Orem

Chickens and bees are both allowed in Orem, including residential areas. Bees were banned in Orem prior to 2011, but an amended city ordinance in 2011 now allows the raising of bees. The number of hives allowed depends on location and which zone you live in. See city codes section 22-6-10 L for more specifications.

The number of chickens allowed on a property depend on the size of the lot. The larger the lot, the more chickens that are allowed: 5,000 square feet: 2 chickens; 7,000 square feet: 3 chickens; 8,000 square feet: 4 chickens; 9,000 square feet: 5 chickens; 10,000 square feet: 6 chickens; 20,000 square feet: 10 chickens; 30,000 square feet: 12 chickens. See city codes 22-6-10 C for more information on raising chickens in Orem.

Vineyard

Since Vineyard is a newly established town, they do not have actual written city codes concerning chickens and bees. When I talked to Morgan Brim, Vineyard Community Development Director, he said that most animals are allowed in agricultural areas. Chickens and bees are unofficially allowed (because there is no city code that prohibits it) in residential areas. In regard to bees though, Brim noted that because of the large populations of mayflies and mosquitos, the city regularly sprays for bugs in residential areas and that may affect bees.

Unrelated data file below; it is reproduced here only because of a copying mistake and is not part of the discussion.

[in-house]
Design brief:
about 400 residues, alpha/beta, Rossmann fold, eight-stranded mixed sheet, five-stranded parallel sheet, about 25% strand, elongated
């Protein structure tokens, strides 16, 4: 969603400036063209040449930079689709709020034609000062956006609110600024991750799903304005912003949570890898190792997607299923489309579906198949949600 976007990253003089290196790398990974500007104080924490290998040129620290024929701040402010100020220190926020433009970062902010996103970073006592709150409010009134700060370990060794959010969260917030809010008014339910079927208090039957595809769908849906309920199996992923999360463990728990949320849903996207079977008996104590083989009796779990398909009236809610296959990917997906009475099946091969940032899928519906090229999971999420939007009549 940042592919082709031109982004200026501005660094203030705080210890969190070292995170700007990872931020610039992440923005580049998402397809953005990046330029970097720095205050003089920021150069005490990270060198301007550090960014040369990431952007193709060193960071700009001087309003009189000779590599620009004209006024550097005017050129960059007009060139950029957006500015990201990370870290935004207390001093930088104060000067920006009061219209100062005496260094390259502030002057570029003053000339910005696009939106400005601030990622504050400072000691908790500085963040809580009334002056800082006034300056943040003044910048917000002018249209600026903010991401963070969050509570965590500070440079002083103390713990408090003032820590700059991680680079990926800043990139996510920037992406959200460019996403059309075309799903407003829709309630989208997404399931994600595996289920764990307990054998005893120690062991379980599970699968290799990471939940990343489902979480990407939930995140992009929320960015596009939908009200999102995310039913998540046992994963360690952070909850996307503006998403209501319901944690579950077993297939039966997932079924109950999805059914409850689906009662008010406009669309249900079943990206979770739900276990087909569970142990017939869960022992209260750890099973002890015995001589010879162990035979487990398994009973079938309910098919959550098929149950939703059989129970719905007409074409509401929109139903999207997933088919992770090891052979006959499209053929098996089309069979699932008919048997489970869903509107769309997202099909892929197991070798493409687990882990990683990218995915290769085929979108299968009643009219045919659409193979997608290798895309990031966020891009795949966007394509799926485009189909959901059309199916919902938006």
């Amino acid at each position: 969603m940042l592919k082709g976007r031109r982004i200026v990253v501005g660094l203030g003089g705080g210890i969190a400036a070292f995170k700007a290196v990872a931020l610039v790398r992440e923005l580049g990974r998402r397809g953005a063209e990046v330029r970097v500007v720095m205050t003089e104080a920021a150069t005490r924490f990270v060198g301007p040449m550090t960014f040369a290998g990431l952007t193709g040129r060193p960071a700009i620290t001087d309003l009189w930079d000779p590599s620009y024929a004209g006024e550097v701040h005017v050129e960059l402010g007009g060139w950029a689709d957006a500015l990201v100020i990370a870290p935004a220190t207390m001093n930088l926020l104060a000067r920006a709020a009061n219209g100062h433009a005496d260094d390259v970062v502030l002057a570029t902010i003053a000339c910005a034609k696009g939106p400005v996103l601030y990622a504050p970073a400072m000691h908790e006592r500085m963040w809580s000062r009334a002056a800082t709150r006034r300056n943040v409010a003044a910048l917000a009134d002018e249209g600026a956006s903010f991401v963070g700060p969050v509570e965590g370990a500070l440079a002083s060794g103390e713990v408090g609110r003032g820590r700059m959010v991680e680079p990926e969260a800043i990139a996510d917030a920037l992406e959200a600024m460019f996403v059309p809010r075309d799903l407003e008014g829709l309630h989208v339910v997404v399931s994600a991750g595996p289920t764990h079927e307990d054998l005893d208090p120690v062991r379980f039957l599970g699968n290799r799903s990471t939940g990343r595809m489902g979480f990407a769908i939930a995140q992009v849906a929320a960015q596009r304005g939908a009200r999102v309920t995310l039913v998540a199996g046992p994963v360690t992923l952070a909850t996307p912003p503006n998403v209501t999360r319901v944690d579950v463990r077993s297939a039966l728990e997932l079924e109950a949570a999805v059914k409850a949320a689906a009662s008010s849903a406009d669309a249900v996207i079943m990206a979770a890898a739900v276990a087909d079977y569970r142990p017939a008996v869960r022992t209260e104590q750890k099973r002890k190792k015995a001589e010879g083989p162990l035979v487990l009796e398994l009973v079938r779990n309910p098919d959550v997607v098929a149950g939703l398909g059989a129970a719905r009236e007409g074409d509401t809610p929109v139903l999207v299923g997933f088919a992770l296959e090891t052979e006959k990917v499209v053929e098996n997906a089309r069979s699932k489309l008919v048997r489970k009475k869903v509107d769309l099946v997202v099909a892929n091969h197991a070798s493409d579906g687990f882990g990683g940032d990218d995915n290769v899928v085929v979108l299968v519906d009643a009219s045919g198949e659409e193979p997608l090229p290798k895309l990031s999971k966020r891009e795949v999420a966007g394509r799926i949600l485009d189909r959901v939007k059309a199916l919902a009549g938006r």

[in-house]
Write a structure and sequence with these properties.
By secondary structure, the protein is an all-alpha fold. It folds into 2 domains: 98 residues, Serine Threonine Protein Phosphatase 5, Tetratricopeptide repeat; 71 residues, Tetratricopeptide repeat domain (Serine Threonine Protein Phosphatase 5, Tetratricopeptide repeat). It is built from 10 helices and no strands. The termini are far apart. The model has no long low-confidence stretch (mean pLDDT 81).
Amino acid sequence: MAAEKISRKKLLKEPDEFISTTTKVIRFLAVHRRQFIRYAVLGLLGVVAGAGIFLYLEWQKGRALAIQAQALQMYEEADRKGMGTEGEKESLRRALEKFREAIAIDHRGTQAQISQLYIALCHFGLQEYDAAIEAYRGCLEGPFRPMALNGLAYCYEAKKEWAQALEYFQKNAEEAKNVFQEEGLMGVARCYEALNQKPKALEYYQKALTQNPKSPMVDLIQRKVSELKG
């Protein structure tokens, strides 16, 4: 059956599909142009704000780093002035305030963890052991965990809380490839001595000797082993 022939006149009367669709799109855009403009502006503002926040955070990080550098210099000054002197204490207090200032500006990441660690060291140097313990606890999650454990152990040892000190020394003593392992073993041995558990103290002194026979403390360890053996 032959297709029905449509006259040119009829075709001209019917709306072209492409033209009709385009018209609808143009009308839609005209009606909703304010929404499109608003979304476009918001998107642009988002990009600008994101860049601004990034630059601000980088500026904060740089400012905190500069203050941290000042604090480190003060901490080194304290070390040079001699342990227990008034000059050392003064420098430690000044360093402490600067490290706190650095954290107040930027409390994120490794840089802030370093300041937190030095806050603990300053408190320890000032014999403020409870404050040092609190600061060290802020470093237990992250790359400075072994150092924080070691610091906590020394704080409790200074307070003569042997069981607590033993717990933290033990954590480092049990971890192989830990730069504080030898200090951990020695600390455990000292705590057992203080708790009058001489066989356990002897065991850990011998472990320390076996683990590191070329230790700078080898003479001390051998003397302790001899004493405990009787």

Provo

Chickens and bees are allowed in Provo city, but there are size and other regulations. Provo codes states that up to five bee hives are allowed on side or rear lots that are larger than 5,000 square feet. Lots that are one-half acre or larger can have up to ten bee hives. All beekeepers must be registered with the Utah Department of Agriculture and Food. It is also important to be aware of the placement of the hives and their flying patterns. If hives are located close to a property line or public access areas, then flyaway barriers must be in place and secured. Read more in section 8.03 of Provo city codes.